S Foote. said:If as i propose, hair follicle growth is restricted in male pattern baldness by contact inhibition caused by increased pressure in the dermal tissue, this would only have its effect on new anagen follicle growth. During such an increase in pressure, existing already grown anagen follicles are not affected untill the next hair cycle. This would explain why all hair is not lost at the same time, and some follicles can show no change for years. The human scalp hair anagen period can last for years.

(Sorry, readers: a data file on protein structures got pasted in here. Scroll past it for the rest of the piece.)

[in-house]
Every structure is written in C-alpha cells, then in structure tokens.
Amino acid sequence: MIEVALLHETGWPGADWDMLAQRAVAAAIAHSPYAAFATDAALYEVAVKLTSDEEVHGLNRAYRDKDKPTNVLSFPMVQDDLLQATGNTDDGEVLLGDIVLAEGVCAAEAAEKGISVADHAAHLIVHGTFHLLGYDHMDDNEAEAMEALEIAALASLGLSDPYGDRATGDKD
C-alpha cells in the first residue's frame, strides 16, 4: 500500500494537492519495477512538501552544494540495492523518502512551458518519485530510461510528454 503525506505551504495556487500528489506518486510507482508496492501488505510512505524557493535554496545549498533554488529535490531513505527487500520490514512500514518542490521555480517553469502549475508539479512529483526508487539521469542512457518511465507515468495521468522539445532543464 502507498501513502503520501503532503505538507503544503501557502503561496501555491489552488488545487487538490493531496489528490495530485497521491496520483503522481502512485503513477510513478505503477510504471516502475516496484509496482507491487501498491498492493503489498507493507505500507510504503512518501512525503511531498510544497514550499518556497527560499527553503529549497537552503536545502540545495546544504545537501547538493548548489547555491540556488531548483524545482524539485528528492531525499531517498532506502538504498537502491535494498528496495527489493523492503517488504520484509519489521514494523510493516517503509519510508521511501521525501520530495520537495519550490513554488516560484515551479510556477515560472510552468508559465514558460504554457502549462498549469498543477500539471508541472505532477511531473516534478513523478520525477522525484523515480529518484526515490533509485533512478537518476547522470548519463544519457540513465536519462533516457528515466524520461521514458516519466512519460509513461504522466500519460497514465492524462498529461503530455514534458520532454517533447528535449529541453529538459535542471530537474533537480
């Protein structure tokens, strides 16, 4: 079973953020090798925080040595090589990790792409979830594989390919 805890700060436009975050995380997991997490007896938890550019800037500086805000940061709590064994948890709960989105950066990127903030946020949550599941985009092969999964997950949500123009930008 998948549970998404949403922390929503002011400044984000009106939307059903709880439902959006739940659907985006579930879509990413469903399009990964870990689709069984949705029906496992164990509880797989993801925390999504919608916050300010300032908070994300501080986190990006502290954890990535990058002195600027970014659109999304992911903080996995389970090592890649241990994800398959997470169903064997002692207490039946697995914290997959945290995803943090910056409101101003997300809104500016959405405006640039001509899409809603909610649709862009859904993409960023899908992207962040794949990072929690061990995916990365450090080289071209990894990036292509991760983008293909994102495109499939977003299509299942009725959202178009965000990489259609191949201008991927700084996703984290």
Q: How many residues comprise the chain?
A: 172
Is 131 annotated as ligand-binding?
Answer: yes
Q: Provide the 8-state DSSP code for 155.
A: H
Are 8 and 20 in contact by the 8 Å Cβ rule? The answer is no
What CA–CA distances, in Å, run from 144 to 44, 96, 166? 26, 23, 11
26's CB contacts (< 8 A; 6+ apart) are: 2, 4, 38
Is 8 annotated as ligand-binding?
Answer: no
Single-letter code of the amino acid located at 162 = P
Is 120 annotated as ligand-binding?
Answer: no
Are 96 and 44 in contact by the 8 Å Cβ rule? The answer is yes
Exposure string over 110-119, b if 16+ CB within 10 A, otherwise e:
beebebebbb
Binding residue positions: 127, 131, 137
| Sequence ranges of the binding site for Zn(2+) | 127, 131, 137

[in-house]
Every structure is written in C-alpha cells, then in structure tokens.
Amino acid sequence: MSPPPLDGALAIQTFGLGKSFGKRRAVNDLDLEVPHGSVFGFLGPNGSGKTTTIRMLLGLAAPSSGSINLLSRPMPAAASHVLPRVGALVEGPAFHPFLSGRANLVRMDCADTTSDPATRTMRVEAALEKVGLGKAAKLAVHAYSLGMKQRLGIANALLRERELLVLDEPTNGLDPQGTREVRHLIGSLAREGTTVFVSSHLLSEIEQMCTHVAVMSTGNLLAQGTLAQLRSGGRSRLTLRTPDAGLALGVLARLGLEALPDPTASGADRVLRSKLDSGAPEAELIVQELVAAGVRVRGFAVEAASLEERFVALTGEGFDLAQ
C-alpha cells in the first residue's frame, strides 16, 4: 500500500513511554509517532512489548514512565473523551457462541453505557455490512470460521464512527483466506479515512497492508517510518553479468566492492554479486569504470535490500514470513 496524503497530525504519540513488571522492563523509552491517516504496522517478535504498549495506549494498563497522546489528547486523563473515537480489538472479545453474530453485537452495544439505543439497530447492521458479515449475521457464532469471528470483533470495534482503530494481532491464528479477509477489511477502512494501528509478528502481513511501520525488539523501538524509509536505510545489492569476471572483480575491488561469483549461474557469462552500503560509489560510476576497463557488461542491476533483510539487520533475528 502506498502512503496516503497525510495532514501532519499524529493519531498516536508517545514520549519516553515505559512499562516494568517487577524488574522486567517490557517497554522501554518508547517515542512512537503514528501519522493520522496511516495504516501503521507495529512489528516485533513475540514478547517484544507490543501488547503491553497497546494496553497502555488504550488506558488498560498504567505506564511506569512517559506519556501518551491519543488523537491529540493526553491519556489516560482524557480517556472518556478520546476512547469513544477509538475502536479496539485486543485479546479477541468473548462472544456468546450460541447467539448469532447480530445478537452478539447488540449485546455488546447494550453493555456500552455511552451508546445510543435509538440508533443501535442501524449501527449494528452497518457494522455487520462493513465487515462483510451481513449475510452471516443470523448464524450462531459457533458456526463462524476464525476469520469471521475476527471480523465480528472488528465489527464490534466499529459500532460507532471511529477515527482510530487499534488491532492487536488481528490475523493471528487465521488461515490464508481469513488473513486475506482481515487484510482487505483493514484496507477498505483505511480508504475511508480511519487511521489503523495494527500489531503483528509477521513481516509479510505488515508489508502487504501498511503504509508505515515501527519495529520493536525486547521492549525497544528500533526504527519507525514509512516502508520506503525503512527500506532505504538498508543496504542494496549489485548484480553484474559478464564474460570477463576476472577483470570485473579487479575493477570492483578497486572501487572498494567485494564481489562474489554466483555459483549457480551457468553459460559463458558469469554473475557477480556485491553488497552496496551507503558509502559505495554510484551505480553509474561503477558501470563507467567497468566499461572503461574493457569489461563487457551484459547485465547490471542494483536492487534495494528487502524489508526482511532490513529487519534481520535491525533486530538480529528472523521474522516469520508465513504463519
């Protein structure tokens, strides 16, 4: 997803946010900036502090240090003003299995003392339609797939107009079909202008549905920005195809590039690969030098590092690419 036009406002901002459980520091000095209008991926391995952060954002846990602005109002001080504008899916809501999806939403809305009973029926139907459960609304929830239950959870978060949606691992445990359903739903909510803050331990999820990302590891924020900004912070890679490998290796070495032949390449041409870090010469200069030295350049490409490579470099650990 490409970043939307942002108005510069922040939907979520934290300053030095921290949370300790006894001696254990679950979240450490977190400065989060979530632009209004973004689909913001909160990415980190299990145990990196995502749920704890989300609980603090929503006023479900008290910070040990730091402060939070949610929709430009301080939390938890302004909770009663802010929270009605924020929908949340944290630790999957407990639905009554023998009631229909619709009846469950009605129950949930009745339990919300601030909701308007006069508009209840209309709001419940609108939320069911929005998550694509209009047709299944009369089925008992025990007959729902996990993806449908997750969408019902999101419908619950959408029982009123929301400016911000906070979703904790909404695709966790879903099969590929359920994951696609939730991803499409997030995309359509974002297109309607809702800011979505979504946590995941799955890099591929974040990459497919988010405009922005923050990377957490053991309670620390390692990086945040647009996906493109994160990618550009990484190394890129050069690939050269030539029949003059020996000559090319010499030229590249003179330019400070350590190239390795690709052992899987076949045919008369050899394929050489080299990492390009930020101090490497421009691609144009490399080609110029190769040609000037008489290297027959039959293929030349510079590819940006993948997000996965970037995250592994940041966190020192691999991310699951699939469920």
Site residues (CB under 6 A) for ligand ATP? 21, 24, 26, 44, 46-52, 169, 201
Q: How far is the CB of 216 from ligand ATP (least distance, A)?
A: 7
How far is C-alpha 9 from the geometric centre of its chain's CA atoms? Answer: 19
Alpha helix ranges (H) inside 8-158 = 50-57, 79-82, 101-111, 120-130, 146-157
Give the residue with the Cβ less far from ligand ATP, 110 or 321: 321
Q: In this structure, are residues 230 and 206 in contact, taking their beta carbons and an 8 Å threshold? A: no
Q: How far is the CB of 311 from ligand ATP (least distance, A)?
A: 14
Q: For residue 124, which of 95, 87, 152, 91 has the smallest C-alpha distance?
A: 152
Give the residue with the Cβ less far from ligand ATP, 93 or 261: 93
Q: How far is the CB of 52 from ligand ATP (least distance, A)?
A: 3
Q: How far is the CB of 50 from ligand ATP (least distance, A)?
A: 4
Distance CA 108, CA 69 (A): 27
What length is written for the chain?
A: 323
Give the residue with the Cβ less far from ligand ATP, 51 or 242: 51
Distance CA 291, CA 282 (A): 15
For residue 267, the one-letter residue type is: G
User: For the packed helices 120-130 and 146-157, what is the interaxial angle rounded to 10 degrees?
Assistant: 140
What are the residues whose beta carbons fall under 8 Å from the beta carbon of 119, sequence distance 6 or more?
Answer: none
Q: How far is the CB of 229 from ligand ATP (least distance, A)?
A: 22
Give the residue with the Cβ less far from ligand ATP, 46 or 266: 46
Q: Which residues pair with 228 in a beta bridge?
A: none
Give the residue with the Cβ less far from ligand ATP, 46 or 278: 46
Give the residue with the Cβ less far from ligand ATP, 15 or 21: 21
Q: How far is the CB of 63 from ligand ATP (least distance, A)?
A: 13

In my opinion the normal contact inhibition of follicle growth, and its related pressure factors explain the paradox in male pattern baldness.
We also have to consider that if androgens are "locking down" follicle growth at the follicles genetic level, how can anything that does not effect androgens make any difference? Minoxidil for example.
My theory predicts that anything that reduces scalp fluid pressure in male pattern baldness, will increase hair growth.
Do you think if hardened sebum an contribute on the contact inhibition supossed process?